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News Article | May 18, 2017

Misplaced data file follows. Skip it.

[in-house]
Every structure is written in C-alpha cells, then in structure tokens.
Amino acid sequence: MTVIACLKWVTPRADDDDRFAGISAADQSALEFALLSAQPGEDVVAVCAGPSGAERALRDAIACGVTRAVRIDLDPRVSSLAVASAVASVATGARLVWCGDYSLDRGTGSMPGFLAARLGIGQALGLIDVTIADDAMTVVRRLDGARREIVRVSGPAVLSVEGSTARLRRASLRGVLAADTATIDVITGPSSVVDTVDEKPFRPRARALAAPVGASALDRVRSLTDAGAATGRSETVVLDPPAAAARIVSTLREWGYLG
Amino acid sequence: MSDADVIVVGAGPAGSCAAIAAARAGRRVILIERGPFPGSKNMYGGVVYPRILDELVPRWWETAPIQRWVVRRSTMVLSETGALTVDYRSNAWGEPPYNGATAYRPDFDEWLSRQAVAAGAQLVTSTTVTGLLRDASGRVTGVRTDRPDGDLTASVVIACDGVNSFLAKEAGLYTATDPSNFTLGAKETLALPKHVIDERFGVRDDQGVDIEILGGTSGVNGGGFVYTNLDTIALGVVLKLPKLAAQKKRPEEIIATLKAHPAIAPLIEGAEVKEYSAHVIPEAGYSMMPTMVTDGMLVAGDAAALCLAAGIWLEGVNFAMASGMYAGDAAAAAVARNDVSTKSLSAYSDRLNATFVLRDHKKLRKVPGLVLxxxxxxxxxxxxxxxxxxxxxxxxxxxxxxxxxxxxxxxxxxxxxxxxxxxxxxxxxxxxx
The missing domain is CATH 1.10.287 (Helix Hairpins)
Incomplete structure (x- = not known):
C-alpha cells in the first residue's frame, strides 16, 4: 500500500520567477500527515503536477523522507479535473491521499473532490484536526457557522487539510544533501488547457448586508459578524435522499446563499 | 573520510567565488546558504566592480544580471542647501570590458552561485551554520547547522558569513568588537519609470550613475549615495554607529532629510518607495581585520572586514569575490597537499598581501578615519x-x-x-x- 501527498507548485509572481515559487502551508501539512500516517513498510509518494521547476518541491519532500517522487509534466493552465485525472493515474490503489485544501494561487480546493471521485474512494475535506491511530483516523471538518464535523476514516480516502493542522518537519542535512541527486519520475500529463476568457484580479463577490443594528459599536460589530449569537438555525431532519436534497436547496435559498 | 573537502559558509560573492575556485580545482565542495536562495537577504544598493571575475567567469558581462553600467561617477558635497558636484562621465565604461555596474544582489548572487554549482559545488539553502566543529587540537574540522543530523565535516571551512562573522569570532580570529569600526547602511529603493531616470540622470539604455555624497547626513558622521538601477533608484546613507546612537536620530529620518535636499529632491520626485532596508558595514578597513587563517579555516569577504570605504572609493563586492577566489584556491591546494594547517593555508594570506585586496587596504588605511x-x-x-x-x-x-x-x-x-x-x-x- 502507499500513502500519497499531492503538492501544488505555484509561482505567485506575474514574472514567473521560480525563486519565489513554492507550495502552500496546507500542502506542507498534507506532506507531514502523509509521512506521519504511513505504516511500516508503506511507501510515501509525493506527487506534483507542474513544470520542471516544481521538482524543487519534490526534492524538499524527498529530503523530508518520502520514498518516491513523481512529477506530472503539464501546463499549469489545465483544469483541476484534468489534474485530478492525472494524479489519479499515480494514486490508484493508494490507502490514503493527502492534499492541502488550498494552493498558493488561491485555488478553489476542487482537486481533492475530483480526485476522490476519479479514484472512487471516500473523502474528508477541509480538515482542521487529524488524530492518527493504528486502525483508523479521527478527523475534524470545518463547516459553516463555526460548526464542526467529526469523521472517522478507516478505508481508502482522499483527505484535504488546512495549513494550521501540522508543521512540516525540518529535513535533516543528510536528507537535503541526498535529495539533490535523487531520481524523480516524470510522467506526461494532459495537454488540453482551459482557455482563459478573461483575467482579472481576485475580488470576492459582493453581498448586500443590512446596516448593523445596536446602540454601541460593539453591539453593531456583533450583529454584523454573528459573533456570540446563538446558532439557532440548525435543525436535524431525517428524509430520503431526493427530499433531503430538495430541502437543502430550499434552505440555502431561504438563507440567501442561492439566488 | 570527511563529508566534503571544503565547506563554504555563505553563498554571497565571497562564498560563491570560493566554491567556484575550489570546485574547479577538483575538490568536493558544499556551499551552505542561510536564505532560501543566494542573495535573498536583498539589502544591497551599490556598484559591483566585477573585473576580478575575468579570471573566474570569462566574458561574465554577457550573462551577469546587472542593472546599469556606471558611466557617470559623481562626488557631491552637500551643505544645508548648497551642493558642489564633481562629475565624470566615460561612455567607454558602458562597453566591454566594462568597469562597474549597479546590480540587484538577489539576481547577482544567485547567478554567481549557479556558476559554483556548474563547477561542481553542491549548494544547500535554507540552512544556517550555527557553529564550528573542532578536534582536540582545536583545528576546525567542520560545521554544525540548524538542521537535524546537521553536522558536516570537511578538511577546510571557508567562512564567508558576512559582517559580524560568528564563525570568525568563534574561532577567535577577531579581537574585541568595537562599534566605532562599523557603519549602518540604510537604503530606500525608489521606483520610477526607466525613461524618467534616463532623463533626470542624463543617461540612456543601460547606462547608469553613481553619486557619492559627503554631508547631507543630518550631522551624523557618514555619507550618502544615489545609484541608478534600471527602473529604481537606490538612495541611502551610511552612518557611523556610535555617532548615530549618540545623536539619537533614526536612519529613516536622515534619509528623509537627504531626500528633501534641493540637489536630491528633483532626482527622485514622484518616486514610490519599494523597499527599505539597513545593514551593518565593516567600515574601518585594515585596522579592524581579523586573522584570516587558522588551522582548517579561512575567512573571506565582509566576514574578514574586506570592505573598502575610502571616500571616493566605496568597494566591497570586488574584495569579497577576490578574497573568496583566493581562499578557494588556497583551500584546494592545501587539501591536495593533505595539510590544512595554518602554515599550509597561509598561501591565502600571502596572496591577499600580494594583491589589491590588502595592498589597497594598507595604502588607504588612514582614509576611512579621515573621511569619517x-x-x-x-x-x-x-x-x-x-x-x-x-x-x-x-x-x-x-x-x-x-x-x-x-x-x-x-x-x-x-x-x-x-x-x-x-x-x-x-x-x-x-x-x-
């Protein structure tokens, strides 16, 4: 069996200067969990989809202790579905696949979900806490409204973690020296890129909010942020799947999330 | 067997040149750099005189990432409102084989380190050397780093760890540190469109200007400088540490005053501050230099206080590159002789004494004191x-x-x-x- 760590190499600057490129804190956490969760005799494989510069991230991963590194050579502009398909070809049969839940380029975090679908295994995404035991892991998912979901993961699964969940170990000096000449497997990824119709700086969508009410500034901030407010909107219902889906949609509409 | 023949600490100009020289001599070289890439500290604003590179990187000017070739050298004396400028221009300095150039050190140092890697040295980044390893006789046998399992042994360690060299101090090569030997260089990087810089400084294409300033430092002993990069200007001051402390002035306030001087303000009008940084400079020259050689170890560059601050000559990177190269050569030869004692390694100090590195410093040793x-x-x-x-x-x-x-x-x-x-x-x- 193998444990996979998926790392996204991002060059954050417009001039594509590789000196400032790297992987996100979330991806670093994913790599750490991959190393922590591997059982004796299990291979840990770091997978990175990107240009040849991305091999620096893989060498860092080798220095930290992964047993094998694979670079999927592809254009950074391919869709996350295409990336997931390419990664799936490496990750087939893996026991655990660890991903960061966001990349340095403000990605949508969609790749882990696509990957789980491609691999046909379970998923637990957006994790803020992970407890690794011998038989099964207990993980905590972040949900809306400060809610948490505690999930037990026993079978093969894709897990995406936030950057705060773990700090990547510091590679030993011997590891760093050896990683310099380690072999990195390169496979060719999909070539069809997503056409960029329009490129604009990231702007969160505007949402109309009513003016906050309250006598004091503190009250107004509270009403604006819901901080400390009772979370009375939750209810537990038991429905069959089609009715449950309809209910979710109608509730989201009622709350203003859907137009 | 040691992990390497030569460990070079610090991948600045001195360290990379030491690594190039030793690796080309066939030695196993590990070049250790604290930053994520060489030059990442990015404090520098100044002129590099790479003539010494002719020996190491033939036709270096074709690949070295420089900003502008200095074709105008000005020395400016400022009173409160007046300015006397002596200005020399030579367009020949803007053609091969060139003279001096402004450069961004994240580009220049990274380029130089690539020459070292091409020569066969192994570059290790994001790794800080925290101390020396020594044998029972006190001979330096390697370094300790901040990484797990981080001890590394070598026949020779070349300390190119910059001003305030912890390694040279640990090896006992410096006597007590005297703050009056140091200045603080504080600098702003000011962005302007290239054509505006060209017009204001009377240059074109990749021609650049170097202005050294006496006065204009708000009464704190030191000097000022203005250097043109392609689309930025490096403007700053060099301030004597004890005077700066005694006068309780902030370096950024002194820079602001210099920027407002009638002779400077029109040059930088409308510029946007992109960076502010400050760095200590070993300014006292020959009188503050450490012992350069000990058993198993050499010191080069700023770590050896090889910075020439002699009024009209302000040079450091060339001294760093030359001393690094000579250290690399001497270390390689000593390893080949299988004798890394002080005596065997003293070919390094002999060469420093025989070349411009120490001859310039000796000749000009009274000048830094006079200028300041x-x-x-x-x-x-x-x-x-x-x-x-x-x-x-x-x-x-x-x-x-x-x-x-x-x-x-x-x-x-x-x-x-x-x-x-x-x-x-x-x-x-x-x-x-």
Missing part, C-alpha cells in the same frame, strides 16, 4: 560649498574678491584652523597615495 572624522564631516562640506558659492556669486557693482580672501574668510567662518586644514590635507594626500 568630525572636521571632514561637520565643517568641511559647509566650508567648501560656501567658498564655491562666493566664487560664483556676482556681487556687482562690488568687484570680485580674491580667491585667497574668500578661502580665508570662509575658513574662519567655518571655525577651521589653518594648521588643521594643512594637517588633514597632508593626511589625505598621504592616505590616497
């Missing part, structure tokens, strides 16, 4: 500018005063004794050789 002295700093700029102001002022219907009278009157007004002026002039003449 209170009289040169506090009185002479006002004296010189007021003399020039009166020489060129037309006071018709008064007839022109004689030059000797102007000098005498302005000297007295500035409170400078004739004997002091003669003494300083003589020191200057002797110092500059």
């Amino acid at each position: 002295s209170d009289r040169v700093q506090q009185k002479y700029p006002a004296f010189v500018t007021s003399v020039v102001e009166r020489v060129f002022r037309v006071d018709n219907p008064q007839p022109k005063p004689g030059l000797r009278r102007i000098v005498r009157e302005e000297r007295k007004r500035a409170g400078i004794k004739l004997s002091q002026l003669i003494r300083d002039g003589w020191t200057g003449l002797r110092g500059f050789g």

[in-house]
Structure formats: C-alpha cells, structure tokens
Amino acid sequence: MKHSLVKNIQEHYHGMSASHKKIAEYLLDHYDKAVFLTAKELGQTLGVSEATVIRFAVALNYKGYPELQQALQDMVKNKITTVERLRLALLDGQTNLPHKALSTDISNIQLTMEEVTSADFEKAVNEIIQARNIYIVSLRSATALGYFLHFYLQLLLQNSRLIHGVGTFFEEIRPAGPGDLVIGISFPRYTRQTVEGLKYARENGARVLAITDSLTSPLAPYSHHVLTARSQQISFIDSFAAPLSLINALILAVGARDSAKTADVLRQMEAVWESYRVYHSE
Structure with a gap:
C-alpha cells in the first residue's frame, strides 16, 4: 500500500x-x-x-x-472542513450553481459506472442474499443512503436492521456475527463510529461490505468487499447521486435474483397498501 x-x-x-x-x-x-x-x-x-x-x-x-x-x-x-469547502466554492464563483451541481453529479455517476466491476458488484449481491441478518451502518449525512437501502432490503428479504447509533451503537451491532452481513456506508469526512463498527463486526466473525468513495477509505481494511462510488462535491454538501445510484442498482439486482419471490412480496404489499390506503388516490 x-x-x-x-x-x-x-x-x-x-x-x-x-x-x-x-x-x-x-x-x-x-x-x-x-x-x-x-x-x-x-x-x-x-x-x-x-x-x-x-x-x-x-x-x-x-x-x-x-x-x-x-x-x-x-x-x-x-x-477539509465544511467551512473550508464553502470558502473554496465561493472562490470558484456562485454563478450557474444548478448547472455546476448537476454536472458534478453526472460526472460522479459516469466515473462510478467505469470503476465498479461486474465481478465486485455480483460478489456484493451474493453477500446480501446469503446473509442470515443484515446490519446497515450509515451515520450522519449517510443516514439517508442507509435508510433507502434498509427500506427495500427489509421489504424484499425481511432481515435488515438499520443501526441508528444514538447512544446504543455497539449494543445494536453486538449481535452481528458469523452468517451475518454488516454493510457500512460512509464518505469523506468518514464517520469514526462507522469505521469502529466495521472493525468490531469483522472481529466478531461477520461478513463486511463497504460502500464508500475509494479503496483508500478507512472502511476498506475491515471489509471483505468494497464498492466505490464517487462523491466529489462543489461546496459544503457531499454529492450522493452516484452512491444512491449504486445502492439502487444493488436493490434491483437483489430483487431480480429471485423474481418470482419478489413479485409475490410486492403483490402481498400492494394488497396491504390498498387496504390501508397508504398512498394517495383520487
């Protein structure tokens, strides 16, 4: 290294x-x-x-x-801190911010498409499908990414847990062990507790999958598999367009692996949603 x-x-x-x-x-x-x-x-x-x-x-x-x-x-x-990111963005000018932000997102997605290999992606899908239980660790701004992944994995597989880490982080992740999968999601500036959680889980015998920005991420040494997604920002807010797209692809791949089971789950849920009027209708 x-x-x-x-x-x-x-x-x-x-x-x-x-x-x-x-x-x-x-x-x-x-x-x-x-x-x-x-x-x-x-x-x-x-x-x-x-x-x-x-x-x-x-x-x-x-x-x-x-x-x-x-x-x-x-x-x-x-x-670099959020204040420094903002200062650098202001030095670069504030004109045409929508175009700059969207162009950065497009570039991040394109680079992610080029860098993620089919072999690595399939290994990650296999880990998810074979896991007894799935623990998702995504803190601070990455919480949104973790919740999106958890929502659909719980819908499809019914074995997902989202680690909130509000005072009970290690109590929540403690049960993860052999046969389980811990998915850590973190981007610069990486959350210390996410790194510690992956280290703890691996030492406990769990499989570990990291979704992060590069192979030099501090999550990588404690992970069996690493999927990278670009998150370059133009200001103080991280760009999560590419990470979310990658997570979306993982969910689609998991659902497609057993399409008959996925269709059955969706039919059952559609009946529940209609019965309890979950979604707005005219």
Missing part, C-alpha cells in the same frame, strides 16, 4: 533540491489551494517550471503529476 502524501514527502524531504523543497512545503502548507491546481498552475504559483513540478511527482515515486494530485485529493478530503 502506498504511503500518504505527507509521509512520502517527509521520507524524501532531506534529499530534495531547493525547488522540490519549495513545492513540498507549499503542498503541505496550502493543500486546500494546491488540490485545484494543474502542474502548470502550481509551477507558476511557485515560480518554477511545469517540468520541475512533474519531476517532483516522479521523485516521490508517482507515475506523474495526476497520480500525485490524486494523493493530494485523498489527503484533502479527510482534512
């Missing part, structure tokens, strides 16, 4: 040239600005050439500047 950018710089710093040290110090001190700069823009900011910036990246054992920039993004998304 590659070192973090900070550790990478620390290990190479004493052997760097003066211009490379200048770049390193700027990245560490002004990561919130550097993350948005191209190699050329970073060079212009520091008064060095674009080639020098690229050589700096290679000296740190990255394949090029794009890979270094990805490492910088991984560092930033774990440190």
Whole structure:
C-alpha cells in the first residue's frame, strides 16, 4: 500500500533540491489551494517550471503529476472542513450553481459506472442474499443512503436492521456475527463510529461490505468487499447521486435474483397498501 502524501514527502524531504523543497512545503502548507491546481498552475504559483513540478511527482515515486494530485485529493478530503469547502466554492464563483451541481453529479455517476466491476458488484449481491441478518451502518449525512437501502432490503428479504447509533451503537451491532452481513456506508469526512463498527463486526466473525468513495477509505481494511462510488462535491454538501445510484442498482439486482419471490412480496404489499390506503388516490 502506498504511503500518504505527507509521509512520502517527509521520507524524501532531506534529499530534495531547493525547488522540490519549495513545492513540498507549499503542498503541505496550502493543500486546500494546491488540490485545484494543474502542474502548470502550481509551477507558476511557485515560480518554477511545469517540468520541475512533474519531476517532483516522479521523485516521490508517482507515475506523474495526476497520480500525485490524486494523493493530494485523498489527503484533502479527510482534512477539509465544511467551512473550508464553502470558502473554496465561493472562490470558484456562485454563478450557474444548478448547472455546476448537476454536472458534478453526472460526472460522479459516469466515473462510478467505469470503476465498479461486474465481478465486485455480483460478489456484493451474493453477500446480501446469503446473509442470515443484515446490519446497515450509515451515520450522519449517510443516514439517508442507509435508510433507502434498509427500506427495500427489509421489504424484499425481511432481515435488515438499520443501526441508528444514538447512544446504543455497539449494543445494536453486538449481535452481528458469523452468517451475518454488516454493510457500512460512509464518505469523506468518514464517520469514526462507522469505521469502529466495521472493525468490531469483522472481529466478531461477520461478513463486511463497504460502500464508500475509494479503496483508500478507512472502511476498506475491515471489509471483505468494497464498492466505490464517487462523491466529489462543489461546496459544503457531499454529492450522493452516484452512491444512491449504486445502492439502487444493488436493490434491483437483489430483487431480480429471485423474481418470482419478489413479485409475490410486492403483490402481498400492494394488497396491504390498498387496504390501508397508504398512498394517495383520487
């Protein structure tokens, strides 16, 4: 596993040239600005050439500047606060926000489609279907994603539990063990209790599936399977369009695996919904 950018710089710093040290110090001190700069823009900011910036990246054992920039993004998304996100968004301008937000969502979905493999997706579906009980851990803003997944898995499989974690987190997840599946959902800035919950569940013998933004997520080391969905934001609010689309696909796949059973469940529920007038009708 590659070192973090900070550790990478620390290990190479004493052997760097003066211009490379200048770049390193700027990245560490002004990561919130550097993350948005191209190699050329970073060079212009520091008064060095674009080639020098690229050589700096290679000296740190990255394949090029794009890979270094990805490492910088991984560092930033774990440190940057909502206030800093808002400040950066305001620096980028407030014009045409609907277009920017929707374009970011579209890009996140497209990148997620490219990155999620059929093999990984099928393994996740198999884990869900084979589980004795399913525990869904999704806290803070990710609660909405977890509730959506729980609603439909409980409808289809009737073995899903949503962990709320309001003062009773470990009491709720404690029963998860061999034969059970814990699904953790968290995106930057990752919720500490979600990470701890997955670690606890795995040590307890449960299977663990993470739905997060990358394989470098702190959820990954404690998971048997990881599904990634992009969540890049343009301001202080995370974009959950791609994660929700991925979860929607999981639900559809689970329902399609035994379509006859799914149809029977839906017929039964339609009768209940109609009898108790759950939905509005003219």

Site: www.sciencedaily.com